Liquid swine manure application to forage soil: effect on soil carbon and economic returns
Peer Reviewed StatusNon-Peer Reviewed
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Hog production has been on the increase in Saskatchewan for the past several years. This has lead to an increase in the environmental interest surrounding the application of liquid hog manure. The expected increase in swine production operations will lead to an increase in demand for suitable land area to properly dispose of this effluent within the economic transport distance of the collection site. Soil injection of liquid swine effluent into forage crops will produce two types of benefits: increased forage crop production and an increase in soil carbon. A three-year study was conducted to determine the effects on injecting different rates of swine effluent into three types of forage crops: alfalfa, Russian Wild Rye and brome-alfalfa The effluent treated plots were sampled to determine if there has been any significant increases in soil carbon compared to untreated control plots. The economic distance which hog manure can be transported depends on the cost of transport and application and the short-term returns to be realized from the additional yield produced by the fertilizing effect of the manure. Results showed that the yearly application of the low rate of liquid hog manure into the brome/alfalfa forage crop produced the greatest net return to the forage grower.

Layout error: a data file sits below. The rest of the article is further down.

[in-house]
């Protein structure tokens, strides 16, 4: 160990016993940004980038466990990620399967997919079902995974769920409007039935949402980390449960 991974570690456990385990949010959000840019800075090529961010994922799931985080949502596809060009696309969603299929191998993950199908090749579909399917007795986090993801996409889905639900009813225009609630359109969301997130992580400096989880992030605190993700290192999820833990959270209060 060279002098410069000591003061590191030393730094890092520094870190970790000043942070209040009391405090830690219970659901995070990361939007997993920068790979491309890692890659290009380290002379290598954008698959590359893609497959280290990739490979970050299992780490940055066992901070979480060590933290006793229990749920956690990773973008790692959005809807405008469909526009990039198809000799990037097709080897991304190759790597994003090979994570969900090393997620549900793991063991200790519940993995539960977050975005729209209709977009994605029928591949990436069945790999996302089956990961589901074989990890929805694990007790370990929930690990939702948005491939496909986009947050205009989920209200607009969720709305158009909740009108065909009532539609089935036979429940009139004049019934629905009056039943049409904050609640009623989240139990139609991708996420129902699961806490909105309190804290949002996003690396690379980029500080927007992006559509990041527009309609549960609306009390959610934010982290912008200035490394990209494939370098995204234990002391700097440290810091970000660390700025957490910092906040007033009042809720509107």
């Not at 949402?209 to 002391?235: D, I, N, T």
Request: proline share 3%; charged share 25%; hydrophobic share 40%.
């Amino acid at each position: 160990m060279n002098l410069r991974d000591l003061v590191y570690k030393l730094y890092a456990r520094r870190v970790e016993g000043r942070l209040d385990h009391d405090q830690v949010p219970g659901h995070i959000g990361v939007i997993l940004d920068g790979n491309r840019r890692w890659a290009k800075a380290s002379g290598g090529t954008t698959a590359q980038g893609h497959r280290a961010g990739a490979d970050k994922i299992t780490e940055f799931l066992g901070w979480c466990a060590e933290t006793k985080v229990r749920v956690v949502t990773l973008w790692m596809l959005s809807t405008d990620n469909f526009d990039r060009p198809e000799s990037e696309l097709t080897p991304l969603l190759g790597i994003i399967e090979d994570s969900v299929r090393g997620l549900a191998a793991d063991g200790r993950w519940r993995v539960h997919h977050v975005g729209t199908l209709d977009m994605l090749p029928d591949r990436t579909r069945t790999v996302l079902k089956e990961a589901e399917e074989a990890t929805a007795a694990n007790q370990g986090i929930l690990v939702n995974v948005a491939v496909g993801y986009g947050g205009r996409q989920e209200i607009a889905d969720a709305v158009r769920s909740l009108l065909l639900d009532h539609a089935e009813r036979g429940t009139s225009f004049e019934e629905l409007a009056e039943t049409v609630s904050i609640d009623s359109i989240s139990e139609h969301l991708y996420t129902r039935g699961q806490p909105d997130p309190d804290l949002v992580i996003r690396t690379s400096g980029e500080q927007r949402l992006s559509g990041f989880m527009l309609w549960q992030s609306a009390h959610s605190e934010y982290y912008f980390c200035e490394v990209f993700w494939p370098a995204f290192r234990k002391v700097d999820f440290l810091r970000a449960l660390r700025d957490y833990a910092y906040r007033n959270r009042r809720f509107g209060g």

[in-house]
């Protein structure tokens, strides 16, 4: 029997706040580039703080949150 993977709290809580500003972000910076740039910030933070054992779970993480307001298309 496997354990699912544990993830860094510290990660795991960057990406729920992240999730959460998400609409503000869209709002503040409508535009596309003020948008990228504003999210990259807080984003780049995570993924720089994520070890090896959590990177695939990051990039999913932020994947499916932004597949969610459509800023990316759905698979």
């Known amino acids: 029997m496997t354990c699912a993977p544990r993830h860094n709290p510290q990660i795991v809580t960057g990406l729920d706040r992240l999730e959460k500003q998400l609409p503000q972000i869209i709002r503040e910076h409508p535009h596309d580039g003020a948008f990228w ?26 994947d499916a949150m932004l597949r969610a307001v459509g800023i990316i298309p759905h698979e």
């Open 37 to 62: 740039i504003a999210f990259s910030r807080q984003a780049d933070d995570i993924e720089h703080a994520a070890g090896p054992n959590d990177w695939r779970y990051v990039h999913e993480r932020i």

Part OfSoils and Crops Workshop
soil organic carbon
light fraction organic carbon
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